Former president of national Welsh party Plaid Cymru Dafydd Iwan has recently returned from Copenhagen, where he went as an international observer to monitor a hearing of the Roj TV trial. He offers us reflections on the trial and Danish-Turkish collusive efforts to shut the broadcaster down, in his blog:
THE ROJ-TV CASE IN COPENHAGEN
It may be under the radar for the British press and media, but the court case currently taking place in Copenhagen where ROJ-TV is appealing against the decision to close it down is something we cannot ignore. There has never been such a blatant attack on the freedom of the press and the right of the public for information. ROJ-TV is the only Kurdish TV service, watched by 18 million people in Turkey, and millions more in the Kurdish diaspora. It is a comprehensive service, broadcast in all the Kurdish dialects, as well as Turkish, English and Arabic, including 20% of artistic and cultural programming and hours of children’s programmes, as well as a full news and current affairs schedule. It is unapologetically pro-Kurdish, and that is why the Turkish government is determined to silence it. But the sad thing is that the Government of Denmark – a country which prides itself on its open and inclusive democratic society – has been dragged in to do the dirty work of the Turkish authorities.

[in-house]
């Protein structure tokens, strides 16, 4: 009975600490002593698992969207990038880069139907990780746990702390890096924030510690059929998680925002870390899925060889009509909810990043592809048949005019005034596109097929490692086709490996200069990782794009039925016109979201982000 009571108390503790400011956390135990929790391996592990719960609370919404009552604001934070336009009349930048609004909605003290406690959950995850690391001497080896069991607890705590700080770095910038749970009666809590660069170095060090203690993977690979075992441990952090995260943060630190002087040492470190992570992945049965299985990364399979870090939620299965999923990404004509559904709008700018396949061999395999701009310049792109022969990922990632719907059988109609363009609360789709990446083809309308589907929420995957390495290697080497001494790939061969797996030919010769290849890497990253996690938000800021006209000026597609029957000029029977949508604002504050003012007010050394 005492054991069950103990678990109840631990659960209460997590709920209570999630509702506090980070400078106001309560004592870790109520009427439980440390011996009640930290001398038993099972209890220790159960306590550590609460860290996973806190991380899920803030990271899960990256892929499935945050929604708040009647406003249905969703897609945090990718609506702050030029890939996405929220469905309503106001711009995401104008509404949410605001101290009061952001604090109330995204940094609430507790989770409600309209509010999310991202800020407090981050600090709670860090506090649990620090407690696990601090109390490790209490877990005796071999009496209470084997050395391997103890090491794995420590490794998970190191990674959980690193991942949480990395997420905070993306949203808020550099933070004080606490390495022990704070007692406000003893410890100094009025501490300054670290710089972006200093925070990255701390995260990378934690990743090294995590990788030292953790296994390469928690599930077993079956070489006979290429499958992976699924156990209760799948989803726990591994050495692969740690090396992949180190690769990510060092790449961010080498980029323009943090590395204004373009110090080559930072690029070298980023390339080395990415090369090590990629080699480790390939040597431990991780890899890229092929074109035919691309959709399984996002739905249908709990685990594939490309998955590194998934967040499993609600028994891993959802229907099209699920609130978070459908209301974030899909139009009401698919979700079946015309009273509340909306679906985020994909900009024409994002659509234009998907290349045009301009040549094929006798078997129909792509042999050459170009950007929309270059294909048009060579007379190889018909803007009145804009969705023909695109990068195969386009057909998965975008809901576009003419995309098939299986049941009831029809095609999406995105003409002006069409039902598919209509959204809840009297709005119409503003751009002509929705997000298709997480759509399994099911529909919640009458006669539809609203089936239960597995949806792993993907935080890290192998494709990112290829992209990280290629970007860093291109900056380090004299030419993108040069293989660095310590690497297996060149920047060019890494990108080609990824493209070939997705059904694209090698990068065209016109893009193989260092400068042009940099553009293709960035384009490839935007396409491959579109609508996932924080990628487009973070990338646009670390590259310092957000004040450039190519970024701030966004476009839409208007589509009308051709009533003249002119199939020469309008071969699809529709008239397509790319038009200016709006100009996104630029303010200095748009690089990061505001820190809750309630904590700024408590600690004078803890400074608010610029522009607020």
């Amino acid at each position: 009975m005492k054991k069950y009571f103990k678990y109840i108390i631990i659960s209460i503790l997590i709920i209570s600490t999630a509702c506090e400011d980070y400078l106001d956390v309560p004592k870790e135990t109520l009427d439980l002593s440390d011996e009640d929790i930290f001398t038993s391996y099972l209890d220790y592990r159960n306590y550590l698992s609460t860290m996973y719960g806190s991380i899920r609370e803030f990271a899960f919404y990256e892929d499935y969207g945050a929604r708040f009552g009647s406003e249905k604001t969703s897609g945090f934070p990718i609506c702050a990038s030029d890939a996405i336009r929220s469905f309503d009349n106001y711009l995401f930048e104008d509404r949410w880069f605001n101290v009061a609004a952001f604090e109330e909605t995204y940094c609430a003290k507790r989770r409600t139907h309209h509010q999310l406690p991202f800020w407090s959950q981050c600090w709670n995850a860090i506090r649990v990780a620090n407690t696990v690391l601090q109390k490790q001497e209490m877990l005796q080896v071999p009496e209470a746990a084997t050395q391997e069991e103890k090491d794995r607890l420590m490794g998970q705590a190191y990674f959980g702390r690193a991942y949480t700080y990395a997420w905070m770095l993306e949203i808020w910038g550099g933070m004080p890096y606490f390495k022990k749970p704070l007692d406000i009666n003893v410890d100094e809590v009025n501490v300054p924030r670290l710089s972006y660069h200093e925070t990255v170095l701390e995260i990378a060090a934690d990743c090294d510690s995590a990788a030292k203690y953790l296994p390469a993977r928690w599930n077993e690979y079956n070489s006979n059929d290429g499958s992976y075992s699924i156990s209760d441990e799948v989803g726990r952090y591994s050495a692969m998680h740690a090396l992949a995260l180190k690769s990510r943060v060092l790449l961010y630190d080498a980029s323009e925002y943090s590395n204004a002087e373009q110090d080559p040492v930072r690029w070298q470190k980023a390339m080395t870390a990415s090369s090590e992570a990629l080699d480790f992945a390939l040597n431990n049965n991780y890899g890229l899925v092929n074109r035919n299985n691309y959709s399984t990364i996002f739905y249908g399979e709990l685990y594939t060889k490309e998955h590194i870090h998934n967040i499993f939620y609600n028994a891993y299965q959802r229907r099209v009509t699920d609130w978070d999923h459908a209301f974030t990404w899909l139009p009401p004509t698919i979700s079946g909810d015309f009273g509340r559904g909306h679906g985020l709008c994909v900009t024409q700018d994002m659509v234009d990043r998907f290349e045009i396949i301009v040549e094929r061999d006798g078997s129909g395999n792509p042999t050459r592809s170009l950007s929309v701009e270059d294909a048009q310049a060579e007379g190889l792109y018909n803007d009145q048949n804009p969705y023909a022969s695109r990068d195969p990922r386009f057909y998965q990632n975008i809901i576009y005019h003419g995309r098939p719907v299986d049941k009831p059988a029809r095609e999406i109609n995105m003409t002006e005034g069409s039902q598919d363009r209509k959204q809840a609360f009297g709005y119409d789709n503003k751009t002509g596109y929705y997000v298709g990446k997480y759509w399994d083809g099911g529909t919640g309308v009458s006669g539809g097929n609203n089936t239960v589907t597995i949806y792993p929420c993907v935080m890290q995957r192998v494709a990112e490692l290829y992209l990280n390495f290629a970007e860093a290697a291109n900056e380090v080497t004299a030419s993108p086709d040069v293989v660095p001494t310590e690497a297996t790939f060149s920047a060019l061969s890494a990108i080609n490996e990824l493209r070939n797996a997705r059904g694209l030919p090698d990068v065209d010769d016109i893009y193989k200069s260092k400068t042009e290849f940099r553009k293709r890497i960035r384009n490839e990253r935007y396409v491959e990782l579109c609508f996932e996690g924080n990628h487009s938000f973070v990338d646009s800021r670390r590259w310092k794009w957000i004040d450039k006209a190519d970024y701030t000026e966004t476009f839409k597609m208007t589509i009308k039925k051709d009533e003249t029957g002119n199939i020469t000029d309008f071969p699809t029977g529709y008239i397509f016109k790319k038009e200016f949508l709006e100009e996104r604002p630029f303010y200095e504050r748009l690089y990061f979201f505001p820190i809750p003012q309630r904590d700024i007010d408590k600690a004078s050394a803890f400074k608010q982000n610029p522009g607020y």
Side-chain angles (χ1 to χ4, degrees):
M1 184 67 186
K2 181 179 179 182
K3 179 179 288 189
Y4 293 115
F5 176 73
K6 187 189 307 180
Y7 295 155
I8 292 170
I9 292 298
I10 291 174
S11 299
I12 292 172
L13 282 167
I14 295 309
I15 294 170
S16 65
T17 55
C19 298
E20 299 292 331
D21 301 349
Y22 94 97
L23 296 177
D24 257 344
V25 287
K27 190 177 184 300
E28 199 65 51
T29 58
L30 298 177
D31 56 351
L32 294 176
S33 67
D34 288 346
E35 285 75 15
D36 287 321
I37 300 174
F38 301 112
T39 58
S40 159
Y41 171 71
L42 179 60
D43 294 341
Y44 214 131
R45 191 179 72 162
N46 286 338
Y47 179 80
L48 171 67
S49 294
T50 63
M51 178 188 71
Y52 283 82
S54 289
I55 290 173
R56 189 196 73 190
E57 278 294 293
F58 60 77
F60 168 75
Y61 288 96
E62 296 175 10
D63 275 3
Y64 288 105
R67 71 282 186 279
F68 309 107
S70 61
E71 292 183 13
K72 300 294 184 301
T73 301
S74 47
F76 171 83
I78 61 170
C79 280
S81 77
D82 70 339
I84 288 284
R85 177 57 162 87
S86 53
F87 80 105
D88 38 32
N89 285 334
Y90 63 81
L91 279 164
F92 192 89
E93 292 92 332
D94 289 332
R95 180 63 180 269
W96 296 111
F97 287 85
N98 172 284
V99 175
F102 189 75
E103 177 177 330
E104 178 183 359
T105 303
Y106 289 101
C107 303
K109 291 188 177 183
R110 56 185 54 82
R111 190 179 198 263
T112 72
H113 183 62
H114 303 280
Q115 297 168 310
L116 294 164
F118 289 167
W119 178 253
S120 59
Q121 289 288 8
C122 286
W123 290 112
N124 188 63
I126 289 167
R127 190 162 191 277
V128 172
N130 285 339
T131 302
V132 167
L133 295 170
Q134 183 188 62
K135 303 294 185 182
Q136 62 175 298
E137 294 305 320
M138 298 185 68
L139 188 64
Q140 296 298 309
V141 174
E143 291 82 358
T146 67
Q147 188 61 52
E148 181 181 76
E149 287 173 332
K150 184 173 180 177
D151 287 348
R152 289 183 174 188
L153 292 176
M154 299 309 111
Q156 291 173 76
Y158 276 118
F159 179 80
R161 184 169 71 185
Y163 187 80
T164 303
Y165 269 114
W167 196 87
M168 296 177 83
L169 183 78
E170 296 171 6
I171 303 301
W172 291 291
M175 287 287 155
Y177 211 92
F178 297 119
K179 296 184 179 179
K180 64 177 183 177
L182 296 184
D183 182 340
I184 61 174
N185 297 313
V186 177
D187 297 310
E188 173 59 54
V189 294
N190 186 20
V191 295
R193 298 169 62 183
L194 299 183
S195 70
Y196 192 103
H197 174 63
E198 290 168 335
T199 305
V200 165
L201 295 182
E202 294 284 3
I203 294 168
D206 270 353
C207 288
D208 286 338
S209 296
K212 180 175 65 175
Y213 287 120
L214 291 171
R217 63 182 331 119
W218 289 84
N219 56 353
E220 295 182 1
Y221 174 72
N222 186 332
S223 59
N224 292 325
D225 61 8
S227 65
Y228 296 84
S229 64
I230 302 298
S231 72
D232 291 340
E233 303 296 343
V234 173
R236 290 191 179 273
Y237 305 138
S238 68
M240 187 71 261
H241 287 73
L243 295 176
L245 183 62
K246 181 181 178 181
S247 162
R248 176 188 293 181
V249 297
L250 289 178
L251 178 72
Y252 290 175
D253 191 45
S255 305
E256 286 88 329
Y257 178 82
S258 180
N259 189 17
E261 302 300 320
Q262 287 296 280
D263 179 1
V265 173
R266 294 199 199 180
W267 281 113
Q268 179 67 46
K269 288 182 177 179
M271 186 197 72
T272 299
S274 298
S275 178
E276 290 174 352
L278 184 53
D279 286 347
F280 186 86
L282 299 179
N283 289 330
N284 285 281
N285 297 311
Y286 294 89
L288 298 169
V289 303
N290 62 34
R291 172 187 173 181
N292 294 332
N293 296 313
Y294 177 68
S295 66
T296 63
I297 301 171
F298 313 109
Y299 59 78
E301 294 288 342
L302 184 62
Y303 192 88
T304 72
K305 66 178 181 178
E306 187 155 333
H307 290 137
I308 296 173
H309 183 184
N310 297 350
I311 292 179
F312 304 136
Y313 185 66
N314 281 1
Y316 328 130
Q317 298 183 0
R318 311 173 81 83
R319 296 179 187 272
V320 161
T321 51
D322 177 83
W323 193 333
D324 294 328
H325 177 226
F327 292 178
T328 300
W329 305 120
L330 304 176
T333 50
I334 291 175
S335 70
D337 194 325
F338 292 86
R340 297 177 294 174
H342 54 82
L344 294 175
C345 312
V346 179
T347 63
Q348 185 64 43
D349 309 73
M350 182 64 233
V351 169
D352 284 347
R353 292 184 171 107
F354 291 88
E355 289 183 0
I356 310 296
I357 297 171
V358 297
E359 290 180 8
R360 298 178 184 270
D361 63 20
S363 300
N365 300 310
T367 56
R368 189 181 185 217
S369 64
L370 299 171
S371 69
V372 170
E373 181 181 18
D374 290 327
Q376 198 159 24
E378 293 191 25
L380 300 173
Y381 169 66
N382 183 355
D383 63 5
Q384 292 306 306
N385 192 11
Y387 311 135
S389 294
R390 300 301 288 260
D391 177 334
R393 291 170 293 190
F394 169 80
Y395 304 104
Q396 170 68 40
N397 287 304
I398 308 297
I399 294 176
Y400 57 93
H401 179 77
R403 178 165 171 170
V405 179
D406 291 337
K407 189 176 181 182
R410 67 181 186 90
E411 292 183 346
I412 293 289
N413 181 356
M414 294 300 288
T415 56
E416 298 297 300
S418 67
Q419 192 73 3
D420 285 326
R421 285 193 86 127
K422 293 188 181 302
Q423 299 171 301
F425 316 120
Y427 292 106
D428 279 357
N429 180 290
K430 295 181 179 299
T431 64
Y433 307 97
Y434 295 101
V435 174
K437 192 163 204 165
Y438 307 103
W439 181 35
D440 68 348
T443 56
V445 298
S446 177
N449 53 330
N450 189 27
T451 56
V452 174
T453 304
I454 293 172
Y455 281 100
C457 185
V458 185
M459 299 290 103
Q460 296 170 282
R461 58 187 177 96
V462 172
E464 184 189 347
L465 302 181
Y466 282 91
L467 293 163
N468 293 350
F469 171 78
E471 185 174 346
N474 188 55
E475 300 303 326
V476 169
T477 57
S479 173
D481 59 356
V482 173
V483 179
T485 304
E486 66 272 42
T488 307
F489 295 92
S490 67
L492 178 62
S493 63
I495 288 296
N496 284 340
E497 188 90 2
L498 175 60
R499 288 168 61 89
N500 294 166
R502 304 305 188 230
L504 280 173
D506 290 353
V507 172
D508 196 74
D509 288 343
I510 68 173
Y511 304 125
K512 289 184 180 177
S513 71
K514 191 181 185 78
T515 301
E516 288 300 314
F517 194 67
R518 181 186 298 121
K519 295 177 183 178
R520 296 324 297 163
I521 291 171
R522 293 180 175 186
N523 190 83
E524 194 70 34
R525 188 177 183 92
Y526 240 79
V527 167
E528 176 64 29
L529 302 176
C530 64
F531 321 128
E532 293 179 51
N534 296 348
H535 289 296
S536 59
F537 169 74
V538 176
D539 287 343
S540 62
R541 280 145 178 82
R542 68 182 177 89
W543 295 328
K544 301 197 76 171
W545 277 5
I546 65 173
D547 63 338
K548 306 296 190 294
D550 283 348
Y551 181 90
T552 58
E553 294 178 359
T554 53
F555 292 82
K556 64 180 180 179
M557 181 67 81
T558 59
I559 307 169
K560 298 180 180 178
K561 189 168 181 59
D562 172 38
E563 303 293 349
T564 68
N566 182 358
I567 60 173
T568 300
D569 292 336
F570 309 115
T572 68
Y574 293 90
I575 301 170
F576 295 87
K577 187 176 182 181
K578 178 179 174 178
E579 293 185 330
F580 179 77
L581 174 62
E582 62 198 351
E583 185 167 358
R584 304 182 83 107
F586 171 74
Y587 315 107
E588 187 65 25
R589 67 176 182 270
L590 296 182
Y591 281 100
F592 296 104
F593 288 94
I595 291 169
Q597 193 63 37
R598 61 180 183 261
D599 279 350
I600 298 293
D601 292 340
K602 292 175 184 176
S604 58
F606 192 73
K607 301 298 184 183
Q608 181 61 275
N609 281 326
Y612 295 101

There have been attempts to close the station down by the Turkish government in the past, but the Danish courts have resisted any attempts to use it for political purposes. What makes this case different is the admission by Turkey that they made a deal with the Danish government to have the station closed in return for Turkey’s vote to instate the former Danish PM, Anders Rasmussen as Director General of NATO!
The prosecution’s case is that ROJ-TV has links with the PKK, the body which is leading the guerrilla war against the Turkish government, and which was officially listed by George Bush as a “terrorist” organization following the 9-11 attacks. But the case is totally denied by ROJ-TV, who have known for years that they are being closely monitored, and that the Turkish authorities think nothing of imprisoning even elected MPs on the grounds that they “support the cause of terrorists”. At this very moment, one of the most respected politicians in Turkey, the popular and peace-campaigning Mayor of Diyarbakir, Osman Baydemir faces a possible 28 years in prison for supporting the Kurdish people and their language.
Akif Wan, the London Representative of the Kurdistan National Congress, has first hand experience of the ruthless nature of the Turkish “justice system”. He was a teacher in Turkey, but was accused of teaching Kurdish propaganda to his students, and spent 7 years in a Turkish prison during the 80s; he is now barred from returning to his homeland, so has dedicated his life to work for the Kurdish cause in exile. 19-year old Firat Tas has just returned from helping the earthquake victims in Van. Even there, he and his friends were arrested and spent hours in custody on suspicion of being “spies” for the Kurdish movement. ROJ-TV is the Kurdish people’s only defence against such extreme oppression of human rights, and the only TV service which tells the Kurds the facts about what is going on in Turkey and the world today. We must defend it, or we will all suffer.